Published: 2021-06-12 17:58
Last Updated: 2021-07-25 08:45
The US Food and Drug Administration announced that it has notified Johnson & Johnson that millions of doses of the Covid-19 vaccine produced in a problem plant cannot be used due to the possibility of contamination.
The Food and Drug Administration said in a statement Friday that "several" batches of the vaccine manufactured at the "Emerging Biosolutions" facility in Baltimore are not suitable for use. It is known that each production batch means a few million doses.
Neither the agency nor the company revealed the exact number of doses, but the New York Times estimated the number at 60 million, citing people familiar with the matter.
FDA scientist Peter Marks said these actions followed a comprehensive review of records, including production history at the facility and testing performed to assess product quality.
The factory was directed to temporarily halt production in April, several weeks after it was confirmed that batches of materials used in the production of the Johnson & Johnson vaccine were contaminated with components from the “AstraZeneca” vaccine, which led to the destruction of 15 million doses of Johnson and Johnson.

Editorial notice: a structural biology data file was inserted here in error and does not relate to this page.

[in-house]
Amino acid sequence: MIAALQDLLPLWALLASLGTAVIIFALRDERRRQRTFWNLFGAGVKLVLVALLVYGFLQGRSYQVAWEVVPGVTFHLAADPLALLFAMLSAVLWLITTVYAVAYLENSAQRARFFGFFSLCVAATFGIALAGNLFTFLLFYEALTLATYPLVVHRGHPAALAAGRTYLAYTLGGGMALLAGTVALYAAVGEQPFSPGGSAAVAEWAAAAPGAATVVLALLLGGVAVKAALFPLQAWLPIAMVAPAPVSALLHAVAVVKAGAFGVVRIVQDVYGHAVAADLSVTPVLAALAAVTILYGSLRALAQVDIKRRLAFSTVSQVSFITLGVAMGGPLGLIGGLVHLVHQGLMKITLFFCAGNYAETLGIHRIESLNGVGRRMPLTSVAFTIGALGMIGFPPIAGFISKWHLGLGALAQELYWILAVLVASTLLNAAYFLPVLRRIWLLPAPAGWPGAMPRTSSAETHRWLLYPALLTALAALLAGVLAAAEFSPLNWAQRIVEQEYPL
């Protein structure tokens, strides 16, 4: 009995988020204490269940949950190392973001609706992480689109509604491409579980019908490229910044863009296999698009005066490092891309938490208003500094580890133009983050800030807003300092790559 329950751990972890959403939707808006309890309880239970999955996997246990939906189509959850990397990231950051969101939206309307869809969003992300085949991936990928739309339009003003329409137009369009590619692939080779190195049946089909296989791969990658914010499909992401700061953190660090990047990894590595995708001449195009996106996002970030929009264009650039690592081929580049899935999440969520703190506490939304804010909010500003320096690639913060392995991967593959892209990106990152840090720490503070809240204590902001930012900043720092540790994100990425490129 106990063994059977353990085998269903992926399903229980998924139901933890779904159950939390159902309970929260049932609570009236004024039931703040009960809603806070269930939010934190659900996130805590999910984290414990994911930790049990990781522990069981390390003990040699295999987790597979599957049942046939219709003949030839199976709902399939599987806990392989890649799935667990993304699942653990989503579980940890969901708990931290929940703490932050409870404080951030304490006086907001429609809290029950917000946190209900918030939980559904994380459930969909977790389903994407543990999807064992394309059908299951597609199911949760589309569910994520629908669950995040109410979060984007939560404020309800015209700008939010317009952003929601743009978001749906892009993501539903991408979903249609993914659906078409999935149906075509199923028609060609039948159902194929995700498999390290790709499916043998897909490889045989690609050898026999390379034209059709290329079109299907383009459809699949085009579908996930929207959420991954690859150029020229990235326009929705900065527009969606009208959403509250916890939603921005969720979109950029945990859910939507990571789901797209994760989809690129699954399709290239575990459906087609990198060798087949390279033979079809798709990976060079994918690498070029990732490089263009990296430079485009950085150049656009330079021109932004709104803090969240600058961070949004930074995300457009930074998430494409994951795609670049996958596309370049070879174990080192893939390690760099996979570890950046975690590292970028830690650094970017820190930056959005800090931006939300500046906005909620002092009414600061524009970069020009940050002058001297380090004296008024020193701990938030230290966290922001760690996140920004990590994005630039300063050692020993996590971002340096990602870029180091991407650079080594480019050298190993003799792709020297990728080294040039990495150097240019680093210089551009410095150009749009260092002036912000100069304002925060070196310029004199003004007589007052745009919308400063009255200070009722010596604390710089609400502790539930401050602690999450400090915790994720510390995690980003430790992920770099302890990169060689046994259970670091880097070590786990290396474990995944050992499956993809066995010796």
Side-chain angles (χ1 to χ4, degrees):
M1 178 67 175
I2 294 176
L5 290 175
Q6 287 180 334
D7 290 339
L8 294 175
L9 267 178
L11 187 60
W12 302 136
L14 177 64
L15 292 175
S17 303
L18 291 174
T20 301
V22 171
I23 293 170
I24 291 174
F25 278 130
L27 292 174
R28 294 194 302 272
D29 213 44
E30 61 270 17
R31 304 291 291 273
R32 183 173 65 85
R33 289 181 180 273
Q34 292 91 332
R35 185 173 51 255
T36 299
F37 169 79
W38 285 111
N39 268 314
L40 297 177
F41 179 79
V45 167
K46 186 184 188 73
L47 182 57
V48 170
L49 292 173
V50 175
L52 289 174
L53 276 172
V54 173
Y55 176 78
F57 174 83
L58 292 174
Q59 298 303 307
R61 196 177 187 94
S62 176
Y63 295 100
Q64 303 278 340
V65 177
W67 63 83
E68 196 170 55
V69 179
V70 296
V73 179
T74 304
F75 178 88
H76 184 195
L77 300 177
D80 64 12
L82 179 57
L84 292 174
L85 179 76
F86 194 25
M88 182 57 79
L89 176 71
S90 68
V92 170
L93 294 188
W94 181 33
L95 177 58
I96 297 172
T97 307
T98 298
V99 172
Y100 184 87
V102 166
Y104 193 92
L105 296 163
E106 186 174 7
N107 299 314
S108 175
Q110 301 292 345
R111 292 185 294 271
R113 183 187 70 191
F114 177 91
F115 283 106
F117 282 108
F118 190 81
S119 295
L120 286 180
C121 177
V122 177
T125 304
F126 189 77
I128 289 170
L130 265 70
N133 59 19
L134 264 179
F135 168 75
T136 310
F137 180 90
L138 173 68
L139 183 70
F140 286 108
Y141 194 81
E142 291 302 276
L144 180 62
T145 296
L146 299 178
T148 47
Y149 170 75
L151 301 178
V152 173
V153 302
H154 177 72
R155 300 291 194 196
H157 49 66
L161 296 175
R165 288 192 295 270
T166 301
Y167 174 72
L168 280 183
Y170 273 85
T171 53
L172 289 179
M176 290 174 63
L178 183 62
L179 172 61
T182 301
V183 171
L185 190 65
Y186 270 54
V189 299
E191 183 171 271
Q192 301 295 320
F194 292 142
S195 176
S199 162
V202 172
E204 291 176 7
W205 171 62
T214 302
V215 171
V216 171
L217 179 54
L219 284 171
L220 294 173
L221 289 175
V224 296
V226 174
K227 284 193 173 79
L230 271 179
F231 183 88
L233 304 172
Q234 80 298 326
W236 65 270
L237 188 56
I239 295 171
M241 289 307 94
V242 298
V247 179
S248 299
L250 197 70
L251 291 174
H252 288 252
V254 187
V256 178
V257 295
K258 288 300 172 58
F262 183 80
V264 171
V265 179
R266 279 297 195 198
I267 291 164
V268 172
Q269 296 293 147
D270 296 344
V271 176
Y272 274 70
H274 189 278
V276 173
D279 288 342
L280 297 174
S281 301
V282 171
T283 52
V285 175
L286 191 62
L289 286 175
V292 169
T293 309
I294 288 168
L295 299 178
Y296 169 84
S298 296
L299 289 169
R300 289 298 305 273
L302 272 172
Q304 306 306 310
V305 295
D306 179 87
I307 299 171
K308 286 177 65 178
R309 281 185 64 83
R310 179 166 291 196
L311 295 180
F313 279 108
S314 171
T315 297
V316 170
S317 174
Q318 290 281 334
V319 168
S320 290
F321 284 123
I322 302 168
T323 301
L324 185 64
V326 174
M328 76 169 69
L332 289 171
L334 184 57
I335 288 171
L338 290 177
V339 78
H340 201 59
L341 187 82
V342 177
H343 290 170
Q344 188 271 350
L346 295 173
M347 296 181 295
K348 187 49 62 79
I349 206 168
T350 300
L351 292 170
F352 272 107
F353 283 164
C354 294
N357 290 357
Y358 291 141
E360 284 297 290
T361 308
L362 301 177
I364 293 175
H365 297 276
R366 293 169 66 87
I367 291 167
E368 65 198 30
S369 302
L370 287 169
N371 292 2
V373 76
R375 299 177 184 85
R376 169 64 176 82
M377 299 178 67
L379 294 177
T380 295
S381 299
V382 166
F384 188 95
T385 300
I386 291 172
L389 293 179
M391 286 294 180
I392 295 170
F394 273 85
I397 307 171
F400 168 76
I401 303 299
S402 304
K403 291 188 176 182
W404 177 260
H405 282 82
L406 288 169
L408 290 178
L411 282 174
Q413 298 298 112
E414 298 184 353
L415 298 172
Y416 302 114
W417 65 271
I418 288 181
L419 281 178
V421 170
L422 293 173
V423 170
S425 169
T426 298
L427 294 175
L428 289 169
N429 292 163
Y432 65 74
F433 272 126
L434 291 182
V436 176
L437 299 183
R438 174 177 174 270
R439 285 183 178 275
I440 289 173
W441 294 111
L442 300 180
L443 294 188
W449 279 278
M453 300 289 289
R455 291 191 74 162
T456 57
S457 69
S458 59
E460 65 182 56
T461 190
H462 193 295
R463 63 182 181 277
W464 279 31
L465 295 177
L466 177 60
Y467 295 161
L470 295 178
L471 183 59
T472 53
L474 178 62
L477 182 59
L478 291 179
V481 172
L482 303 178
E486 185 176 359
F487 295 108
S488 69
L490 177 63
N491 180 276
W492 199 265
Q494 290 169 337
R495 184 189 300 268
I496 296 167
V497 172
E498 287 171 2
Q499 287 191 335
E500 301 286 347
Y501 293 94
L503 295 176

The Food and Drug Administration is looking into whether to allow the plant to reopen.
Sixty million doses of AstraZeneca produced there for donation abroad are now being checked for quality before they are shipped.
All Johnson & Johnson vaccines distributed and used in the United States are made in the Netherlands, not Baltimore.
On the other hand, an informed source explained that the Food and Drug Administration gave the green light to two batches of the factory-produced Johnson & Johnson vaccine - that is, 10 million doses of the single-dose regimen.
Other amounts of Johnson & Johnson remain under review.
"Johnson & Johnson is committed to producing safe, high-quality vaccines to bring health and hope to people everywhere," said the company's executive vice president, Cathy Wingle.
Meanwhile, Canada announced Friday that it will not distribute 300,000 doses of the company's vaccine produced at the Baltimore plant due to "quality concerns."
Health authorities in Canada are planning to inspect the facility this summer.
"Until this examination is completed, Canada will not accept any product or ingredients made at this site," Health Canada said in a statement.